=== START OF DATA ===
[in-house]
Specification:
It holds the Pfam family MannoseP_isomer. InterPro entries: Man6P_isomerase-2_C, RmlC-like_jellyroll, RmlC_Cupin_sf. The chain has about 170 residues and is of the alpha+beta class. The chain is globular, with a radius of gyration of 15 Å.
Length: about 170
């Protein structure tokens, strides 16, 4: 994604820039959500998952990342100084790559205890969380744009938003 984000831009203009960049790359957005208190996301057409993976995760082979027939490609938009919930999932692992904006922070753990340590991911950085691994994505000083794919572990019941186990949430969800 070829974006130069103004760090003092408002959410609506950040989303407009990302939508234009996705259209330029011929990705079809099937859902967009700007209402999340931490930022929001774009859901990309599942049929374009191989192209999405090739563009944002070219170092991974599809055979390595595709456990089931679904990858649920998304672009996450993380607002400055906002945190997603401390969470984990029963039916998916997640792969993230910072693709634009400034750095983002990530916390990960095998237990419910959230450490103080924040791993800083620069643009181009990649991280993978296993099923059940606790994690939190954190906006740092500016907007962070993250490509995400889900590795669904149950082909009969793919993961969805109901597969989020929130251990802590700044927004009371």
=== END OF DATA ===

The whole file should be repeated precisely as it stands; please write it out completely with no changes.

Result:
[in-house]
Specification:
It holds the Pfam family MannoseP_isomer. InterPro entries: Man6P_isomerase-2_C, RmlC-like_jellyroll, RmlC_Cupin_sf. The chain has about 170 residues and is of the alpha+beta class. The chain is globular, with a radius of gyration of 15 Å.
Length: about 170
């Protein structure tokens, strides 16, 4: 994604820039959500998952990342100084790559205890969380744009938003 984000831009203009960049790359957005208190996301057409993976995760082979027939490609938009919930999932692992904006922070753990340590991911950085691994994505000083794919572990019941186990949430969800 070829974006130069103004760090003092408002959410609506950040989303407009990302939508234009996705259209330029011929990705079809099937859902967009700007209402999340931490930022929001774009859901990309599942049929374009191989192209999405090739563009944002070219170092991974599809055979390595595709456990089931679904990858649920998304672009996450993380607002400055906002945190997603401390969470984990029963039916998916997640792969993230910072693709634009400034750095983002990530916390990960095998237990419910959230450490103080924040791993800083620069643009181009990649991280993978296993099923059940606790994690939190954190906006740092500016907007962070993250490509995400889900590795669904149950082909009969793919993961969805109901597969989020929130251990802590700044927004009371």